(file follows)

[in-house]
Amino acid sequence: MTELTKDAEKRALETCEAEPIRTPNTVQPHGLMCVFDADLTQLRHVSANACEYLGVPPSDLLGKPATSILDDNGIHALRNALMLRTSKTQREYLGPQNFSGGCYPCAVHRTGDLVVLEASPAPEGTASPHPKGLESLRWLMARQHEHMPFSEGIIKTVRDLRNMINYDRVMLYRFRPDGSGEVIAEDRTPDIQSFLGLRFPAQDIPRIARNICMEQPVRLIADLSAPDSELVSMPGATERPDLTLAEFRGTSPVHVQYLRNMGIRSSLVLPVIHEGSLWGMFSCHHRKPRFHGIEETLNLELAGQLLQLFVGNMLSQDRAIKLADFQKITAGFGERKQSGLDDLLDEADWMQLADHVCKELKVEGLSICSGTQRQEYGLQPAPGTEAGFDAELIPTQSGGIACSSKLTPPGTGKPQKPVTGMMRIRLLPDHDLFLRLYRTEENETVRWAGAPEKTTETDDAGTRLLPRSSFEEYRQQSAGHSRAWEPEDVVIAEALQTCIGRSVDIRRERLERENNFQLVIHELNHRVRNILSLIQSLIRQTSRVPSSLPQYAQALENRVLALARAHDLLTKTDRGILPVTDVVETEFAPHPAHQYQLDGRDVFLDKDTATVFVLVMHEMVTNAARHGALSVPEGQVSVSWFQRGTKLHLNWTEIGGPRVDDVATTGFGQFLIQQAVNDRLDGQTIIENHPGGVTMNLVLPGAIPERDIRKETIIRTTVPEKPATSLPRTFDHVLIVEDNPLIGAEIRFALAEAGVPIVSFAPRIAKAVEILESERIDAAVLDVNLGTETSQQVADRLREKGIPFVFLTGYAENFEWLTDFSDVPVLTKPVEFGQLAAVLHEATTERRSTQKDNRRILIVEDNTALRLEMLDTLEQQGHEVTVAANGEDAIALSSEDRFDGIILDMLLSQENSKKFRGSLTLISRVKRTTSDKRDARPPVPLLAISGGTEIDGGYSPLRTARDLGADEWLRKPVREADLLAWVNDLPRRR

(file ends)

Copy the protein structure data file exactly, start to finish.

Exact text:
[in-house]
Amino acid sequence: MTELTKDAEKRALETCEAEPIRTPNTVQPHGLMCVFDADLTQLRHVSANACEYLGVPPSDLLGKPATSILDDNGIHALRNALMLRTSKTQREYLGPQNFSGGCYPCAVHRTGDLVVLEASPAPEGTASPHPKGLESLRWLMARQHEHMPFSEGIIKTVRDLRNMINYDRVMLYRFRPDGSGEVIAEDRTPDIQSFLGLRFPAQDIPRIARNICMEQPVRLIADLSAPDSELVSMPGATERPDLTLAEFRGTSPVHVQYLRNMGIRSSLVLPVIHEGSLWGMFSCHHRKPRFHGIEETLNLELAGQLLQLFVGNMLSQDRAIKLADFQKITAGFGERKQSGLDDLLDEADWMQLADHVCKELKVEGLSICSGTQRQEYGLQPAPGTEAGFDAELIPTQSGGIACSSKLTPPGTGKPQKPVTGMMRIRLLPDHDLFLRLYRTEENETVRWAGAPEKTTETDDAGTRLLPRSSFEEYRQQSAGHSRAWEPEDVVIAEALQTCIGRSVDIRRERLERENNFQLVIHELNHRVRNILSLIQSLIRQTSRVPSSLPQYAQALENRVLALARAHDLLTKTDRGILPVTDVVETEFAPHPAHQYQLDGRDVFLDKDTATVFVLVMHEMVTNAARHGALSVPEGQVSVSWFQRGTKLHLNWTEIGGPRVDDVATTGFGQFLIQQAVNDRLDGQTIIENHPGGVTMNLVLPGAIPERDIRKETIIRTTVPEKPATSLPRTFDHVLIVEDNPLIGAEIRFALAEAGVPIVSFAPRIAKAVEILESERIDAAVLDVNLGTETSQQVADRLREKGIPFVFLTGYAENFEWLTDFSDVPVLTKPVEFGQLAAVLHEATTERRSTQKDNRRILIVEDNTALRLEMLDTLEQQGHEVTVAANGEDAIALSSEDRFDGIILDMLLSQENSKKFRGSLTLISRVKRTTSDKRDARPPVPLLAISGGTEIDGGYSPLRTARDLGADEWLRKPVREADLLAWVNDLPRRR